November was a fun month for the OWLs. Our outing was Tuesday Night at the Movies. A fun-loving group of 18 headed to the local cinema for viewing the animated comedy “The Star.” We followed this with a wonderful dinner. A great time was had by all. Based on feedback from the group, we will probably make this an annual event.
The OWLs will kick off December and the Christmas season with an awesome Christmas concert. We will travel as a group to Christ Episcopal Church, in La Crosse to hear the UWL combined choirs and orchestra “Festival of Carols.” This is an uplifting concert that will get us in the spirit of the season as we prepare for the birth of Christ. The concert is free and will take place on Saturday, December 9. We will leave from the church at 4:00 PM to travel to a local restaurant to enjoy some good food and fellowship before the concert. Dinner is on your own. Following dinner, we will make our way to the church. So we know how much transportation to arrange, please contact Brian Narveson at email@example.com or 608-526-9700 by Friday, December 8, if you plan to attend. This is a great way to kick off the Christmas season.
First Lutheran’s capital campaign, Our Church ☩ Our Time, launched October 15th with a kickoff event that included great food, time to talk with friends and time to listen to our keynote speaker, John McHugh. John shared four stories about what it means to love, what it means to live with gratitude and what it means to be hospitable. We say we want to become more grateful, loving, hospitable people so John’s stories were very welcome. While he spoke, our kids played in the Pertzsch gymnasium, which I heard (from my kids anyway) was great fun! “We should do that more often” was what my 10-year-old son told me. Maybe he’s right.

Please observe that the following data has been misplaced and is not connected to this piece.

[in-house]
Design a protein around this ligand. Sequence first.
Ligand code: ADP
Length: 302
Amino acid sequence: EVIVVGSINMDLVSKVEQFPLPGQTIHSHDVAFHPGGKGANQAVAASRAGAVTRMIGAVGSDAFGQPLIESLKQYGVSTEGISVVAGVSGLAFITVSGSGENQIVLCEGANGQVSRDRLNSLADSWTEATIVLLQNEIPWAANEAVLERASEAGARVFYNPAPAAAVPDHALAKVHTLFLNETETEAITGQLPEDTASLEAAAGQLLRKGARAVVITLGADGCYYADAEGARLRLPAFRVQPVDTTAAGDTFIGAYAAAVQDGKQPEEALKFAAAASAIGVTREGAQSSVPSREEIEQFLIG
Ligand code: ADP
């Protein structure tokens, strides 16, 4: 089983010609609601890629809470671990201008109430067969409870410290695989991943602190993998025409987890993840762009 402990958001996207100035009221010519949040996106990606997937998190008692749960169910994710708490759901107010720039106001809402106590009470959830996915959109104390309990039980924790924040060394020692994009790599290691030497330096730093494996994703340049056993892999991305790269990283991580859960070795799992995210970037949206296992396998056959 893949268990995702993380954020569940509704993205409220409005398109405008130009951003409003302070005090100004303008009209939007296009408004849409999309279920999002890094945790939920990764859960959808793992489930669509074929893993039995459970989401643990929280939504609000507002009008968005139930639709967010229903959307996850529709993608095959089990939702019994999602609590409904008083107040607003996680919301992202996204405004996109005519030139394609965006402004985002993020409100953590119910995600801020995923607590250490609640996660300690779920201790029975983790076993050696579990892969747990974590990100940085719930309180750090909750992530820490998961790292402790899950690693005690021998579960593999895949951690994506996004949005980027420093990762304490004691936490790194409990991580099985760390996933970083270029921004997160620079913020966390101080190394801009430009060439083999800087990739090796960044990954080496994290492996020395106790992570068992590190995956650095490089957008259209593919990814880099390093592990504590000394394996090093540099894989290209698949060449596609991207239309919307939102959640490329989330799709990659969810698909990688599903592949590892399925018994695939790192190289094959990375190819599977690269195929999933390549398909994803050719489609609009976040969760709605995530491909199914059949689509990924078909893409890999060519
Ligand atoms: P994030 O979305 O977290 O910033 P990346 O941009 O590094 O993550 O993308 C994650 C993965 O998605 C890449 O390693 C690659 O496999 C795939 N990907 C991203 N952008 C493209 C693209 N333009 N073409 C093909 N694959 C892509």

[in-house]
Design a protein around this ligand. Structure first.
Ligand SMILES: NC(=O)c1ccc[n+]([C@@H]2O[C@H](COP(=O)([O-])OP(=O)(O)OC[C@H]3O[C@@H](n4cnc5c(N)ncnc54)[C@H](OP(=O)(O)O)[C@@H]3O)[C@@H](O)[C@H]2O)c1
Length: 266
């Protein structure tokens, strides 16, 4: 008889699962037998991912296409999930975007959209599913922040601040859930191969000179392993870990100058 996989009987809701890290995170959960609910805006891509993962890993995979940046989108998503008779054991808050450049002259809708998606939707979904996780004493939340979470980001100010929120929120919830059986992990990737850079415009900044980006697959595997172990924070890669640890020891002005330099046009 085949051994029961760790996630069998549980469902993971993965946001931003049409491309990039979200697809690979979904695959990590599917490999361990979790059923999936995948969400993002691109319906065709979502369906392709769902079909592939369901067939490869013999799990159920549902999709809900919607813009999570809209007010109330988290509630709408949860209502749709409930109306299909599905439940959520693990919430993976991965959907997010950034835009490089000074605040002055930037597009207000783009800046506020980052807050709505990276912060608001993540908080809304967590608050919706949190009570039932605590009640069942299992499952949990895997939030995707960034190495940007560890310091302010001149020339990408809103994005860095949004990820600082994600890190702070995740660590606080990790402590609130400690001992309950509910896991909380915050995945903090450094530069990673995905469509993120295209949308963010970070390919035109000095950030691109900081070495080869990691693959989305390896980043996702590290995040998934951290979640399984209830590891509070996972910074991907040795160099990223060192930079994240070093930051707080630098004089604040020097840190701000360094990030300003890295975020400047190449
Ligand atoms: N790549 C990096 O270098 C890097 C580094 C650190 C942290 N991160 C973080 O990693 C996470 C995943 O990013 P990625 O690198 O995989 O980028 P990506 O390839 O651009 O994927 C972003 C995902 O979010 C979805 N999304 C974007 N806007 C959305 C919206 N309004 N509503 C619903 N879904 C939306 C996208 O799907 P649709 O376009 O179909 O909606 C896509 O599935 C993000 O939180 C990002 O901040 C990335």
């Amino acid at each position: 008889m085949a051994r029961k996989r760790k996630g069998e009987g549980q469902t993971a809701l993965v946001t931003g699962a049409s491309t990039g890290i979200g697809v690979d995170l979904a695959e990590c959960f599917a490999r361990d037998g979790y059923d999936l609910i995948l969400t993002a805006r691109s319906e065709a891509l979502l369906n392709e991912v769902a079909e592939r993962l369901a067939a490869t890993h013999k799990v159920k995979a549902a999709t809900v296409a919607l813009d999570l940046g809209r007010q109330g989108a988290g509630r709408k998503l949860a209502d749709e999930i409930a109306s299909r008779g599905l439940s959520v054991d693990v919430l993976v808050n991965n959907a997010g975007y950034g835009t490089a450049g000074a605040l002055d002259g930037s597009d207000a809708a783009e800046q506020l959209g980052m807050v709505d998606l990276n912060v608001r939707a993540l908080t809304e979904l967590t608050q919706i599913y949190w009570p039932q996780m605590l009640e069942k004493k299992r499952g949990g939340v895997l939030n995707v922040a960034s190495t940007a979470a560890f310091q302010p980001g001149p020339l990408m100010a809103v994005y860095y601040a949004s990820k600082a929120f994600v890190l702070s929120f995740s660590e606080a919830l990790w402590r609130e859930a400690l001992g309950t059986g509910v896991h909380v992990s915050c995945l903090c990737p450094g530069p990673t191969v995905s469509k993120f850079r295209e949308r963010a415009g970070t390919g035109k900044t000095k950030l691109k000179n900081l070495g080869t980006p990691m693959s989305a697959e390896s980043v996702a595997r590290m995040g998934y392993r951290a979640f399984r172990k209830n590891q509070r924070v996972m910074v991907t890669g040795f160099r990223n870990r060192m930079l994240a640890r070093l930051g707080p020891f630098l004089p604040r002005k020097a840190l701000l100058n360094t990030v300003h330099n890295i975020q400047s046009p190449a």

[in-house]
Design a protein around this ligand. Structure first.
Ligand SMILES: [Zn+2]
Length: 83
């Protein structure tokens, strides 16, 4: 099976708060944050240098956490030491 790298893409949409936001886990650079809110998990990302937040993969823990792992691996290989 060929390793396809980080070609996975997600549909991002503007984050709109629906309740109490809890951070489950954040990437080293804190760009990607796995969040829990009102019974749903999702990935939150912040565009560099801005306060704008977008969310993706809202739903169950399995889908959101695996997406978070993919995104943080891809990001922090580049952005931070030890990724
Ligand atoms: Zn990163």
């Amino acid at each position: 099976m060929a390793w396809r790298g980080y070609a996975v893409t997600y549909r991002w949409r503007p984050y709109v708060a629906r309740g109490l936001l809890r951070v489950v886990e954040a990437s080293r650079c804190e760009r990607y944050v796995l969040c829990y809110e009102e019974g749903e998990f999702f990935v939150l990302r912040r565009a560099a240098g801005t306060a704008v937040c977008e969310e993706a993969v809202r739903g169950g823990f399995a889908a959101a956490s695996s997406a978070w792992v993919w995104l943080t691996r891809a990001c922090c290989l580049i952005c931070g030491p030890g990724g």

When my daughter Sarah returned from a semester in school in Scotland. I was overjoyed and so very thankful. As I patiently tried to wait for her to come through the gate, I was a bundle of nervous excited energy. I could hardly wait to hug my youngest daughter once again. She is the best hugger there is! When she finally emerged, we all gathered around her and gave her the warmest welcome with hugs and kisses and even some tears of happiness. We were all abounding in thankfulness that Sarah returned to us safe, having a wonderful semester in Scotland.
The OWLs took great advantage of the nice weather in September. We attended the La Crosse storytelling festival on a wonderful afternoon, heard some great stories and music. We finished the month with a beautiful afternoon on the Narvesons’ deck with good food and wonderful poetry.
What if First Lutheran no longer had a mortgage payment? What if we had a Foundation (endowment) that is able to generate $50,000 per year rather than $12,000 to $15,000? What if we gathered enough financial resources to address all the deferred maintenance issues that have accumulated in the last ten years?
What does it mean to live “By Heart”? This has been the question that has been rolling around my head, framing my experiences for the last few months as we prepare for this 500th anniversary of the reformation. If we are always being re-formed, as is the characteristic of the Lutheran church, how are we doing that? Re-formation requires the heart to be involved, along with the mind and the soul. Jesus tells us, “Where your treasure is, there your heart will be also.” Mark Allen Powell would say if we want to change our heart, change where your treasure is—teach your heart something different. So what does it mean to live “By Heart”? Does it mean that I am a “bleeding heart” or that I have a “hard heart”? Does it mean I give all my money and worldly goods away? Does it mean I am fickle or stubborn? As I ponder these questions that stem from my original question of what this means, I realize that none of these are going to get me to the, pardon the pun, heart of the matter. Instead, I turn to Jesus once again as I consider what it means to live “By Heart”: love. More specifically, love God and love neighbor and love neighbor as you do yourself (which was recently pointed out to me that we leave that part out too often). I know this would shock you that I end up here, not at all. Loving God and loving my neighbor as I do myself have become for me the most challenging and life giving way to consider the commandments. To live “By Heart” is to live a life of love—to follow Jesus in such a way that my life is characterized by the love I show to all people.